Shen Yun Shows a More Comprehensive China, Says Former Assistant Secretary of State

March 30, 2022

Shen Yun Performing Arts returned to Honolulu, Hawaii, after two years. Audience members greeted their return with a full house and enthusiastic applause. The performers reciprocated their mahalo with two curtain calls.

“It’s a really great performance both as a piece of art and also a piece of culture,” said Colin Schneider, senior director of kWh Analytics.

“Just the level of excellence I think is really impressive and really attracts people to something like this,” said his wife, Annie Schneider, CEO of Startup Major.

“It was exhilarating, the choreography was on, and the costumes were just amazing,” said Christopher Hilacion, owner of WikiWiki Express Delivery.

“It’s nice to be able to capture the spiritual aspects of Chinese culture as well,” said David Stilwell, former assistant secretary of state for the Bureau of East Asian and Pacific Affairs.

Shen Yun means “the beauty of divine beings dancing.” The performance showcases 5,000 years of Chinese civilization through dance and music. Pieces depict subjects ranging from heavenly fairies to palace halls to Mongolian grasslands.

“The understanding of China—think about the Olympics recently—is driven by one main message source, and a lot of that information is not … comprehensive, doesn’t tell the whole story. And so things like this fill in the blanks,” said Stilwell. “There was one scene that was fairly harsh about the treatment of the people in China, those who don’t necessarily follow the party line.”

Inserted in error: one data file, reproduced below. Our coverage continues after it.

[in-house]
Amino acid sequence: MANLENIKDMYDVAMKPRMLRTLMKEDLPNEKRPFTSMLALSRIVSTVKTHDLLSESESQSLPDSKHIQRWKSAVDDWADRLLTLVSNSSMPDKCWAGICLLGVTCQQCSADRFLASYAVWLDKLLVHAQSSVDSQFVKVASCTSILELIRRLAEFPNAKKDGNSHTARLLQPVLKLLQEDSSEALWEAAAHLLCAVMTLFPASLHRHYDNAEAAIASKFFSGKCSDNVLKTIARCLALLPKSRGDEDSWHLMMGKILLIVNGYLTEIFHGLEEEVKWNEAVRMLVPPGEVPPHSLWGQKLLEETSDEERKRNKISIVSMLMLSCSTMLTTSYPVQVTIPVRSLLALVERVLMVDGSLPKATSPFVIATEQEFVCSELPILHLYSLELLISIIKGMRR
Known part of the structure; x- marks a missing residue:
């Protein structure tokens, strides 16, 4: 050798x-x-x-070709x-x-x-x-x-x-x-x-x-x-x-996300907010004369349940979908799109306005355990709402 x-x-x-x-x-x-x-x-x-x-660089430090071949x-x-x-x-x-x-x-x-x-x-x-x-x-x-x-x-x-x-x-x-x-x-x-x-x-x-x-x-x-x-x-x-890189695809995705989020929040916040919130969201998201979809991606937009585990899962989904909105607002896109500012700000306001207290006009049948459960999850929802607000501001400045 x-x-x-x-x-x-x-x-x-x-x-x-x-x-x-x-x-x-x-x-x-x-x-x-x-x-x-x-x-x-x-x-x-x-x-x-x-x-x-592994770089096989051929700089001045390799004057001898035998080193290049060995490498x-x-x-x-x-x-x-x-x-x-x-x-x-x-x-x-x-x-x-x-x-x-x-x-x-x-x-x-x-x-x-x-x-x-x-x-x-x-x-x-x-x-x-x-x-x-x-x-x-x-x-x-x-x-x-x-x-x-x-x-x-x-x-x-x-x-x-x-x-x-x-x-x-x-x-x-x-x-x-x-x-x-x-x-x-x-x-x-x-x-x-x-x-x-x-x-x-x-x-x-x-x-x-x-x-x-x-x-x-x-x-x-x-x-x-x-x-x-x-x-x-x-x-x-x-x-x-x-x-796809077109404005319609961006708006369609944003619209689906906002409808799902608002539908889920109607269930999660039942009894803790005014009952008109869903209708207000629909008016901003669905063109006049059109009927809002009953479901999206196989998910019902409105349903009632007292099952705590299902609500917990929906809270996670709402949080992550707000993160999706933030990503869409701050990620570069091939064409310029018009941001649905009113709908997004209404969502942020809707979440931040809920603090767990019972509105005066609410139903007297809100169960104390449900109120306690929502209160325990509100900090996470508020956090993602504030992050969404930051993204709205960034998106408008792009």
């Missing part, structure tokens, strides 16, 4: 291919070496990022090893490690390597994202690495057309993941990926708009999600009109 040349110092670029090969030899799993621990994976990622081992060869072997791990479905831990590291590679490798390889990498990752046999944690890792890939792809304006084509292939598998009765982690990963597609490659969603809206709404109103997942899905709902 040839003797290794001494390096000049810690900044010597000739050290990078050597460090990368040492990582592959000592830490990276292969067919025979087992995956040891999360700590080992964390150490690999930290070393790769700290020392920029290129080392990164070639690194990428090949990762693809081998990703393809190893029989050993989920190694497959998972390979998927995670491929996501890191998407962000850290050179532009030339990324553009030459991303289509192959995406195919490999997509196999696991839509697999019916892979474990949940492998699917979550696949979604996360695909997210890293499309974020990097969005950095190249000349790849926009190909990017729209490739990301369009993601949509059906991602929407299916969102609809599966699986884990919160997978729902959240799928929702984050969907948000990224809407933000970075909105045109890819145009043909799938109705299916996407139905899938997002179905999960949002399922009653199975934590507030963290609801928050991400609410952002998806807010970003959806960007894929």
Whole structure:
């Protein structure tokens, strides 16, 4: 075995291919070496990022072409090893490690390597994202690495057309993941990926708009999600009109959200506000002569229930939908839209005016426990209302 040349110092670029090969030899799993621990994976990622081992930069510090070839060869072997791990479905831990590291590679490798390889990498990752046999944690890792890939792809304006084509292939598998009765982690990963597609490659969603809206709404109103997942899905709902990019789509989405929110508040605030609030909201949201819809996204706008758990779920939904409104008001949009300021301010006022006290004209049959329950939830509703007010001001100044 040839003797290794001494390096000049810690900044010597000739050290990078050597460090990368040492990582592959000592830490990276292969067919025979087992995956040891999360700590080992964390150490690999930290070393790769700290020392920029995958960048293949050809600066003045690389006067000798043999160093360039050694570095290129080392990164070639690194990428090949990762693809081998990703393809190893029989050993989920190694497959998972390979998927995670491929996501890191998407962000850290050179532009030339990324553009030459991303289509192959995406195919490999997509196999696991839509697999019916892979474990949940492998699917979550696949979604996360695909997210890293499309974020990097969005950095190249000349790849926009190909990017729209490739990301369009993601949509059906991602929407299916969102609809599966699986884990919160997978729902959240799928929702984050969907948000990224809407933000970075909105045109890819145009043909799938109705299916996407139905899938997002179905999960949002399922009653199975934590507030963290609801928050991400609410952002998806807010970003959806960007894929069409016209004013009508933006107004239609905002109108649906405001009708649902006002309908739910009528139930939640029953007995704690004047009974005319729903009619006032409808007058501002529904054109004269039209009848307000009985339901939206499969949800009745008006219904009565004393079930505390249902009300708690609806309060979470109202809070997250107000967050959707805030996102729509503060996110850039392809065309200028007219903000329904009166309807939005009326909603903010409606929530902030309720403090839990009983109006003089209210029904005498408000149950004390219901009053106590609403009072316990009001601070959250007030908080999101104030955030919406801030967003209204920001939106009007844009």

Under the Chinese Communist Party, people with spiritual beliefs are persecuted for their faith, as depicted in some of the pieces. But it is said the divine inspired most of traditional Chinese culture, which was also nearly lost under the current Chinese regime. Shen Yun’s mission is to revive it.

“I think it’s very important to know what the roots of your culture are firsthand so that you have a context for the future as well as the understanding of the past,” said Colin Schneider. “I think an understanding of the past helps you pave the way into the future.”

“I think it could be really applicable to any religion and thought processes and cultures and things like that. I also like that they had that dance about food, because I love food. So that was fun,” said Annie Schneider.

NTD News, Honolulu, Hawaii